The late George Harrison recalled on latest French Possession EP

Reviewed by Jessica Shearer

French Possession/Triple A

If French Possession weren’t British, their music would be labeled Americana; well, at least the first two tracks on Triple A. French Possession specialize in twee pop with a noticeable crush on country and folk music; this is quite evident on “The Courtneys of Ballantry,” which seems to fuse together American country and English folk in the similarly wistful way that the Lilac Time do. Probably the most striking aspect of French Possession, and one that separates them from their peers, is lead singer Steve Jones’ resemblance to the late George Harrison is undeniable. Heck, with its sweet jangling guitars and warm harmonies, “Nothing Else Applies” could’ve been a Traveling Wilburys single, and “The Courtneys of Ballantry” has enough beautifully harmonic vocals to fill a couple of Beatles records.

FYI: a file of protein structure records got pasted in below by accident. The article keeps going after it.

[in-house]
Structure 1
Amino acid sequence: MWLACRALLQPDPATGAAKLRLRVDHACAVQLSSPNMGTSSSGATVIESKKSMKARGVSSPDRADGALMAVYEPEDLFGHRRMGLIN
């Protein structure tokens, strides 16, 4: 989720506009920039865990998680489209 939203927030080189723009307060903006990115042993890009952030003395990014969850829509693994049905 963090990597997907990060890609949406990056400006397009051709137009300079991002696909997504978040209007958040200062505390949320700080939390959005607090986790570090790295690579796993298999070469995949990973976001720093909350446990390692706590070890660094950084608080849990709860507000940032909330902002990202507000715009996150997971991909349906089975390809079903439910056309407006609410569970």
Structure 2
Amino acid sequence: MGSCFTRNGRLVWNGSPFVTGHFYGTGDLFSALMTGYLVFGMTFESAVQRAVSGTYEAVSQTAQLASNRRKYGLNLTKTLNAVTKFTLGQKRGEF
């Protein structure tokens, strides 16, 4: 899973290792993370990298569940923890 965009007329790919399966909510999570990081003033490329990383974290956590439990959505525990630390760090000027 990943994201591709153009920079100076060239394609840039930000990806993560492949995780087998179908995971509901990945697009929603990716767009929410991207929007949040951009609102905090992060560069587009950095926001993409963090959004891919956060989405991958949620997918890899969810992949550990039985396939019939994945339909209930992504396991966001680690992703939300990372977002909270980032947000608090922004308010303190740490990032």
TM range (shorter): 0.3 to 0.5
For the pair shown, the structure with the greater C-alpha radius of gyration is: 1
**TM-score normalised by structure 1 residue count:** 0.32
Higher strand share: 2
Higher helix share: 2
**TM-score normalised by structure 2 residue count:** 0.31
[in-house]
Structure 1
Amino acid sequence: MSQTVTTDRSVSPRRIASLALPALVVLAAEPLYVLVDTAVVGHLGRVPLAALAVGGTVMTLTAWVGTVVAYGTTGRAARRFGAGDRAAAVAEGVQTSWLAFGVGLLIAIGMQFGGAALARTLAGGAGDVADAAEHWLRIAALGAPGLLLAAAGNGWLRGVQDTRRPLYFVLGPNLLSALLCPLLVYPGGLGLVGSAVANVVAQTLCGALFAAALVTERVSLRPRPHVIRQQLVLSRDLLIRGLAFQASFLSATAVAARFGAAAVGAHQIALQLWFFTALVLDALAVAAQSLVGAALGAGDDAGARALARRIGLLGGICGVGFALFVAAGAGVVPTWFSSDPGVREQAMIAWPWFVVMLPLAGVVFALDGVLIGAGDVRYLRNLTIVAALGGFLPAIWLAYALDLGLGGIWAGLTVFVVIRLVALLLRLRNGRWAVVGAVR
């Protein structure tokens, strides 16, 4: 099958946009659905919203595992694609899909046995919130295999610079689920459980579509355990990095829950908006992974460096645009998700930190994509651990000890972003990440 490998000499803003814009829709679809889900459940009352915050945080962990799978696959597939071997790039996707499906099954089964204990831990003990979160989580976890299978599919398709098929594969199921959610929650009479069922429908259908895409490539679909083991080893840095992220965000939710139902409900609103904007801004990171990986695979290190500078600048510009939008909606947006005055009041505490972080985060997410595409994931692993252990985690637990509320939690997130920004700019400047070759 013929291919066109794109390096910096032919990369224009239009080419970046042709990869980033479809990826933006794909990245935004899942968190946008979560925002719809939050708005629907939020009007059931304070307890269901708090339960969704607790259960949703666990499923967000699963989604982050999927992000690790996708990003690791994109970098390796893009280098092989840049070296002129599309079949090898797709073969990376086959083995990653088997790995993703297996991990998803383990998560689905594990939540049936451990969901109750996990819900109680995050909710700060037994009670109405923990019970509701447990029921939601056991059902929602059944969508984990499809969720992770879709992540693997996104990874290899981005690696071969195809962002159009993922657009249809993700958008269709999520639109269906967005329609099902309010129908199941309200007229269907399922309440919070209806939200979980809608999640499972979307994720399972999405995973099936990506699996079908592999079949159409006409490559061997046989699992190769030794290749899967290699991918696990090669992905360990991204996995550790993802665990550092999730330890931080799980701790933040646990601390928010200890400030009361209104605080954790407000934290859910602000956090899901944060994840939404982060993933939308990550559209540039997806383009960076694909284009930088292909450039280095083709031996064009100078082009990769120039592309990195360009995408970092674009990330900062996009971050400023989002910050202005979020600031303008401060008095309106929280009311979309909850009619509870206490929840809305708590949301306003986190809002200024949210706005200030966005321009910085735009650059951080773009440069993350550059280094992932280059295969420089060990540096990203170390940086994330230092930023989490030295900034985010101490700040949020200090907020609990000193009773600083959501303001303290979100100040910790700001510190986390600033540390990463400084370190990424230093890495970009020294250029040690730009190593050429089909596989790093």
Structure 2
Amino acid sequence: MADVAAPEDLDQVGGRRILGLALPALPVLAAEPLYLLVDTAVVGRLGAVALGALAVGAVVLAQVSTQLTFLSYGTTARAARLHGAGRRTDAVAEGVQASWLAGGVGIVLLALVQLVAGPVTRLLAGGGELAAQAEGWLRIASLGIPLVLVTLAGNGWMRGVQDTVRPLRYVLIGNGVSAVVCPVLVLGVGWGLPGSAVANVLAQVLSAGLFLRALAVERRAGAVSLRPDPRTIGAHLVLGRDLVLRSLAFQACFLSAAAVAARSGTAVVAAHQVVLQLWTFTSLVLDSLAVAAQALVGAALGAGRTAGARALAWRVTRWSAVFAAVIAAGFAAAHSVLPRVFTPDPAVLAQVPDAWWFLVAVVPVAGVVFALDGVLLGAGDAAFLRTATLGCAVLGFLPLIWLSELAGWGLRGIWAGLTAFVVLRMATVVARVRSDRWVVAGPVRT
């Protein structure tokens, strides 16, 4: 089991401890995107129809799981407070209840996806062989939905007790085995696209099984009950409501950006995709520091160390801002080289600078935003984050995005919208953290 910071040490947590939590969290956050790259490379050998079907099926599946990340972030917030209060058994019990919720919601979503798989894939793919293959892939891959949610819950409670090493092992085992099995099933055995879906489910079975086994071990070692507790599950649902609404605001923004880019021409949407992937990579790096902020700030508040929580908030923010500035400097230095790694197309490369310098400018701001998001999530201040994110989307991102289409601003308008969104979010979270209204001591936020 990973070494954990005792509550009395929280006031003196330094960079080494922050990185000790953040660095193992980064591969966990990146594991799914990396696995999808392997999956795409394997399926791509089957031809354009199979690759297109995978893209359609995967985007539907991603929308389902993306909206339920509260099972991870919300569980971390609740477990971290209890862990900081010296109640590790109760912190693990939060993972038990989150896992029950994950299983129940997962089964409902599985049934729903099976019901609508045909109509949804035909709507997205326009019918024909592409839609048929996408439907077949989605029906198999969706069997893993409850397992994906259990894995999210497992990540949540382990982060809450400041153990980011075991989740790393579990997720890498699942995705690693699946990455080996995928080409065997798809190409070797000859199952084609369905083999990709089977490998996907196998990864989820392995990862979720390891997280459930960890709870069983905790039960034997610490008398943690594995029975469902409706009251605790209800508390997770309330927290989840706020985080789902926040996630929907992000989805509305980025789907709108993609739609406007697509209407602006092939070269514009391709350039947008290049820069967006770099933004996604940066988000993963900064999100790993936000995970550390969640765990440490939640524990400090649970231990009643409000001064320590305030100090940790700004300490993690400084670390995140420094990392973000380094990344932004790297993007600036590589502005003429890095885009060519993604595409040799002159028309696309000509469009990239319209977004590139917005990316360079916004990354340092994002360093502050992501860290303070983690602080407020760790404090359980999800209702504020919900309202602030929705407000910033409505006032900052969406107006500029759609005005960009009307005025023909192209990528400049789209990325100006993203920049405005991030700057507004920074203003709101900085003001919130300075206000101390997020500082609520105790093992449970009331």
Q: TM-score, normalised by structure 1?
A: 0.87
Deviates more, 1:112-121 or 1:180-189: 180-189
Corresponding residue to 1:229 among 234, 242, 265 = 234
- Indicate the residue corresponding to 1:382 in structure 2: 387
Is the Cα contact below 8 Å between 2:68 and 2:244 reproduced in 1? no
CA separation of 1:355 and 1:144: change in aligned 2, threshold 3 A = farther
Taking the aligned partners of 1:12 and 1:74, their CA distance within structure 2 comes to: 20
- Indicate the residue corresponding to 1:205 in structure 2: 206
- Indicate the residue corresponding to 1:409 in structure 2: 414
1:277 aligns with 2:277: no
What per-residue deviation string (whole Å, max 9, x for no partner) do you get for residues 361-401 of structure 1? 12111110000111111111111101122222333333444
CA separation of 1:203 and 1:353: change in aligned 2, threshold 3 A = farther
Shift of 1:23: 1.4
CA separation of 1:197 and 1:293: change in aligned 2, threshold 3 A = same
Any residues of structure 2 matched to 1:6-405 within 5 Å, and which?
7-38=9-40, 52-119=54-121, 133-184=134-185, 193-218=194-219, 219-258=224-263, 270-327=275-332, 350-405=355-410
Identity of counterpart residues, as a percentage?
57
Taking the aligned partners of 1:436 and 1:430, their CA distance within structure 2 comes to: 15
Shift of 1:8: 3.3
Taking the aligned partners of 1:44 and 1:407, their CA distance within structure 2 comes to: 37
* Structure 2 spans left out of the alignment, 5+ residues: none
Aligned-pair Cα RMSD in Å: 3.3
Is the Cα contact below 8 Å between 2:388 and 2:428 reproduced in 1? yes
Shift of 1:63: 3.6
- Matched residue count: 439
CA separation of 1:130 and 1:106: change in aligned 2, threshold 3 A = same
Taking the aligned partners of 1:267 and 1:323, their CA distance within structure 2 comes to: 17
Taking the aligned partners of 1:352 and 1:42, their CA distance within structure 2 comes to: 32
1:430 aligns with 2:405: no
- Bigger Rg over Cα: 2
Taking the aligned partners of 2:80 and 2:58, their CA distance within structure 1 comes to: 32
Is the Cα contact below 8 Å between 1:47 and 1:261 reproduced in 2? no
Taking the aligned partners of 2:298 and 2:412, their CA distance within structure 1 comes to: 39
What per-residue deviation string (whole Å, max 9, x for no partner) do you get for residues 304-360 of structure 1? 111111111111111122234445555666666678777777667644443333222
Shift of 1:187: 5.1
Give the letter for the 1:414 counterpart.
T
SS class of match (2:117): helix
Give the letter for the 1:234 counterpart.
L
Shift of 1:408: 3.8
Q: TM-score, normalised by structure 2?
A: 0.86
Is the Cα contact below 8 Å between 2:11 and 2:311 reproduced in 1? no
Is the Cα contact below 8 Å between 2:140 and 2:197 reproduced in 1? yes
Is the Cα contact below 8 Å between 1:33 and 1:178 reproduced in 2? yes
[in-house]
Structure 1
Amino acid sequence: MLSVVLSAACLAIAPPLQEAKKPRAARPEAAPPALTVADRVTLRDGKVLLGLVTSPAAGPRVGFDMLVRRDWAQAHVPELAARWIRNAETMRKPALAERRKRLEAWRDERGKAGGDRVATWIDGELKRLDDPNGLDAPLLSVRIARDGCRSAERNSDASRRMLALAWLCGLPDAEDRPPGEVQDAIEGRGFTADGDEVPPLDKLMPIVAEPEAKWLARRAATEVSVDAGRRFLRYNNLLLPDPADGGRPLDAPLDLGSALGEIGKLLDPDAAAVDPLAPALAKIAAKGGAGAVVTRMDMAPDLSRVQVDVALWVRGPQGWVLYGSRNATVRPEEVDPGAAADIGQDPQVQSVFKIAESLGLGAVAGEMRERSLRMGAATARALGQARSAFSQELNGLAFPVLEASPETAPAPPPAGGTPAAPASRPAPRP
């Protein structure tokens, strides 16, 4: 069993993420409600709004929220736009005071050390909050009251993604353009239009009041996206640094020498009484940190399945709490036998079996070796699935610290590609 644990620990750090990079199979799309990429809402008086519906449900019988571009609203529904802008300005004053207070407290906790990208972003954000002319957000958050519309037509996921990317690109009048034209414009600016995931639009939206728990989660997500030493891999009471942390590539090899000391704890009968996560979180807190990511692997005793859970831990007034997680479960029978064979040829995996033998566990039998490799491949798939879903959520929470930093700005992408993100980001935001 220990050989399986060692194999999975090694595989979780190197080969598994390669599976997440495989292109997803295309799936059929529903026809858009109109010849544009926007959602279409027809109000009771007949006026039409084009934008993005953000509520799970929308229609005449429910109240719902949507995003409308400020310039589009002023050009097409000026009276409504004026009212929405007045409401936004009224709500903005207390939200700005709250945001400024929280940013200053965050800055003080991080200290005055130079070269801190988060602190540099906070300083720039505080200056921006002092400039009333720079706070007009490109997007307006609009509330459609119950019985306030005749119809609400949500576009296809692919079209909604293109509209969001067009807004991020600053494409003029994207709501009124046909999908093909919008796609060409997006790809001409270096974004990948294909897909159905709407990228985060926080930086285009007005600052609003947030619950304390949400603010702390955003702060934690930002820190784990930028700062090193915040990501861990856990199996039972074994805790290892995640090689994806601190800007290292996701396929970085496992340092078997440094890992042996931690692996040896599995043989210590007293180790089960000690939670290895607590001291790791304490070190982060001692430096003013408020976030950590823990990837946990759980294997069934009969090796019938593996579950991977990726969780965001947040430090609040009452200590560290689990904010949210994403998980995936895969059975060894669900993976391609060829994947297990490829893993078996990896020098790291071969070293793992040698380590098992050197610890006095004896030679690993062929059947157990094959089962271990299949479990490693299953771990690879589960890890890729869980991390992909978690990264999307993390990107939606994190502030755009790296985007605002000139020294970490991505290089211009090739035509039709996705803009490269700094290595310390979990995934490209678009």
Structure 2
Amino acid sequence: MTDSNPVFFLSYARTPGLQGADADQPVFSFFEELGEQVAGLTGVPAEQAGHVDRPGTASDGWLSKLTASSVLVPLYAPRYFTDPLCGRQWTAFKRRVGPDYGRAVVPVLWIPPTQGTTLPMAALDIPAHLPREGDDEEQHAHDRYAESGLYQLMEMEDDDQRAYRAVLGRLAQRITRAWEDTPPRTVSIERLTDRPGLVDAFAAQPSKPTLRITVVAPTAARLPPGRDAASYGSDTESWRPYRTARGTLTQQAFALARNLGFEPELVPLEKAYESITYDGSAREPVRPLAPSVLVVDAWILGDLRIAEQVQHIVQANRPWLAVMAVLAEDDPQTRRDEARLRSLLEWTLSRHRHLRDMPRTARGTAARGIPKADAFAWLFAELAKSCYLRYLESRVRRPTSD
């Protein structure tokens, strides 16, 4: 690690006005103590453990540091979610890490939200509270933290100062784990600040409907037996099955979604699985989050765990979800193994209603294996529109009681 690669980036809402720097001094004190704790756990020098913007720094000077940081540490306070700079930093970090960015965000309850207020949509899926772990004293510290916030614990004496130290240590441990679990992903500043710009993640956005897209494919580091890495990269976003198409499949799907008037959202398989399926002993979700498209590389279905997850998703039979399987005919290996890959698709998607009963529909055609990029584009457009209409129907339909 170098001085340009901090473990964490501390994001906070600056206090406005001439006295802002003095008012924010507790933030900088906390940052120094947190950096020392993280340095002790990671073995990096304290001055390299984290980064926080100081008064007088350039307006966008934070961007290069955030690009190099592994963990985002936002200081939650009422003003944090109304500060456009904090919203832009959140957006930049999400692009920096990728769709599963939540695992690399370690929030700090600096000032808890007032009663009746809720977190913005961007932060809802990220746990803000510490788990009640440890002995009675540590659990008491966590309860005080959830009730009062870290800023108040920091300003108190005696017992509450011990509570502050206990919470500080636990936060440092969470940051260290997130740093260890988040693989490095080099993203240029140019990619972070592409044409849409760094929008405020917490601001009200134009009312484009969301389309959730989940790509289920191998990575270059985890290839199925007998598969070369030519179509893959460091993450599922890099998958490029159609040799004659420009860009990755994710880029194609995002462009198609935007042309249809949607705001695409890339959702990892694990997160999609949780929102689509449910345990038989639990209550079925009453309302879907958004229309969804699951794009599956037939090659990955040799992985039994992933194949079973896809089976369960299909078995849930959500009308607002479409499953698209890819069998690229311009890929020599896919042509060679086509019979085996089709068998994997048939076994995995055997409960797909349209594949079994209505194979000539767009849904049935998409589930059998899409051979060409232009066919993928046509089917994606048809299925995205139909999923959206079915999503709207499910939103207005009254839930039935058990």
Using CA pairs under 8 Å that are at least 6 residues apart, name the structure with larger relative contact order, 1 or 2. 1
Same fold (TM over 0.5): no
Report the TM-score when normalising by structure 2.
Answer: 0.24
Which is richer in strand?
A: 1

“Ginny,” though, shifts the direction completely. It’s a delicious female-male duet with a trip-hop drum pattern. Lovely.

Published in: on December 20, 2007 at 7:55 pm  Leave a Comment  

Bluesman John Garr sizzles on ‘331’


Reviewed by Jessica Shearer

John Garr/331

John Garr probably rocks harder than your kids. This is not meant to be a putdown of your offspring, but a hat’s-off applause to an excellent singer/songwriter that has yet to penetrate the mainstream radar. Of course, in the youth-obsessed music industry, is there room for a potent blues rumbler like Garr? Considering the billions of fortysomethings and fiftysomethings out there who are looking for new music that recalls their own Golden Ages of rock, definitely.

However, I hesitate on calling Garr a “retro” act. Yes, his music does draw upon the blues and classic rock, but I find it timeless; this kind of invigorating, straightforward rock never loses its flavor or punch, especially when it’s delivered with as much affection and enthusiasm as Garr does here. “Leave Me Alone Blues” hammers an honest message with piercing sax and chilled-out piano. “Failure to Communicate” rides with a charging beat powered by pummeling drums. On “I Get It From You,” Garr lets it rip on his axe, leaving us breathless – or longing for a cigarette.

Published in: on December 20, 2007 at 6:38 am  Leave a Comment